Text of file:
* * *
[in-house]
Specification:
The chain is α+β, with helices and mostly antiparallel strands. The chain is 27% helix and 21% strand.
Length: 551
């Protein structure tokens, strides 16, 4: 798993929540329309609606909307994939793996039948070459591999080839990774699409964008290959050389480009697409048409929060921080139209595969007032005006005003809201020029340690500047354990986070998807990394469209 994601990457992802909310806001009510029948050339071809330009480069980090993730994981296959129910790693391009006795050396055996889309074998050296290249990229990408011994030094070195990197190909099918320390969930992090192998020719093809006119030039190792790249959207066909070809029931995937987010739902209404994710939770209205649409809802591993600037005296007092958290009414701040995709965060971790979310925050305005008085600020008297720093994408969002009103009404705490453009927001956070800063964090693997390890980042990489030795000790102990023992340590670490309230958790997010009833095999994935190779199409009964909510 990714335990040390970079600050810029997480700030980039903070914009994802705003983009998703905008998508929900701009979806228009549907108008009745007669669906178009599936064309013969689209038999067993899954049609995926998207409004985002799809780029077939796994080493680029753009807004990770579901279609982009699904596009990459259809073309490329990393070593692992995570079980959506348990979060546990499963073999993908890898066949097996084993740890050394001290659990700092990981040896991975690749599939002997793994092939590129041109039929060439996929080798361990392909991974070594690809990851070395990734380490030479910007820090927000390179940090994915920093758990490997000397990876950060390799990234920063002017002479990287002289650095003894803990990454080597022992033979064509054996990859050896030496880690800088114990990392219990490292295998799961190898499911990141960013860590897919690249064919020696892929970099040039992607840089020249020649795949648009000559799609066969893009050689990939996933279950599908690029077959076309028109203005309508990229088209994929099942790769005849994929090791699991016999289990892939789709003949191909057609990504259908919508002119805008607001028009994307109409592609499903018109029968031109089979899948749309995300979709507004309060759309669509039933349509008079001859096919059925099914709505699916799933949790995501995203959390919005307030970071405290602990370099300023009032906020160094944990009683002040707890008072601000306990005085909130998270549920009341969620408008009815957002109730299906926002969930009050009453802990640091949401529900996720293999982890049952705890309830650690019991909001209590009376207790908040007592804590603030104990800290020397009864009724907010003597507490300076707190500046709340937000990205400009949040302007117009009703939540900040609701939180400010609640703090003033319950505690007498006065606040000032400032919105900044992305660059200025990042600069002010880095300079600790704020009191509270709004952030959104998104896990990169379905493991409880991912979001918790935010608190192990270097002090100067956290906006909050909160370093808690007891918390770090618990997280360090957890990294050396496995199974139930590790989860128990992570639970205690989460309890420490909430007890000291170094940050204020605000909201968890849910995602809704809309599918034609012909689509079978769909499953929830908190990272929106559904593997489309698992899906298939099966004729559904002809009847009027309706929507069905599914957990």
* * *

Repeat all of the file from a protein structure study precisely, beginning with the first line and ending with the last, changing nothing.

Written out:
[in-house]
Specification:
The chain is α+β, with helices and mostly antiparallel strands. The chain is 27% helix and 21% strand.
Length: 551
């Protein structure tokens, strides 16, 4: 798993929540329309609606909307994939793996039948070459591999080839990774699409964008290959050389480009697409048409929060921080139209595969007032005006005003809201020029340690500047354990986070998807990394469209 994601990457992802909310806001009510029948050339071809330009480069980090993730994981296959129910790693391009006795050396055996889309074998050296290249990229990408011994030094070195990197190909099918320390969930992090192998020719093809006119030039190792790249959207066909070809029931995937987010739902209404994710939770209205649409809802591993600037005296007092958290009414701040995709965060971790979310925050305005008085600020008297720093994408969002009103009404705490453009927001956070800063964090693997390890980042990489030795000790102990023992340590670490309230958790997010009833095999994935190779199409009964909510 990714335990040390970079600050810029997480700030980039903070914009994802705003983009998703905008998508929900701009979806228009549907108008009745007669669906178009599936064309013969689209038999067993899954049609995926998207409004985002799809780029077939796994080493680029753009807004990770579901279609982009699904596009990459259809073309490329990393070593692992995570079980959506348990979060546990499963073999993908890898066949097996084993740890050394001290659990700092990981040896991975690749599939002997793994092939590129041109039929060439996929080798361990392909991974070594690809990851070395990734380490030479910007820090927000390179940090994915920093758990490997000397990876950060390799990234920063002017002479990287002289650095003894803990990454080597022992033979064509054996990859050896030496880690800088114990990392219990490292295998799961190898499911990141960013860590897919690249064919020696892929970099040039992607840089020249020649795949648009000559799609066969893009050689990939996933279950599908690029077959076309028109203005309508990229088209994929099942790769005849994929090791699991016999289990892939789709003949191909057609990504259908919508002119805008607001028009994307109409592609499903018109029968031109089979899948749309995300979709507004309060759309669509039933349509008079001859096919059925099914709505699916799933949790995501995203959390919005307030970071405290602990370099300023009032906020160094944990009683002040707890008072601000306990005085909130998270549920009341969620408008009815957002109730299906926002969930009050009453802990640091949401529900996720293999982890049952705890309830650690019991909001209590009376207790908040007592804590603030104990800290020397009864009724907010003597507490300076707190500046709340937000990205400009949040302007117009009703939540900040609701939180400010609640703090003033319950505690007498006065606040000032400032919105900044992305660059200025990042600069002010880095300079600790704020009191509270709004952030959104998104896990990169379905493991409880991912979001918790935010608190192990270097002090100067956290906006909050909160370093808690007891918390770090618990997280360090957890990294050396496995199974139930590790989860128990992570639970205690989460309890420490909430007890000291170094940050204020605000909201968890849910995602809704809309599918034609012909689509079978769909499953929830908190990272929106559904593997489309698992899906298939099966004729559904002809009847009027309706929507069905599914957990």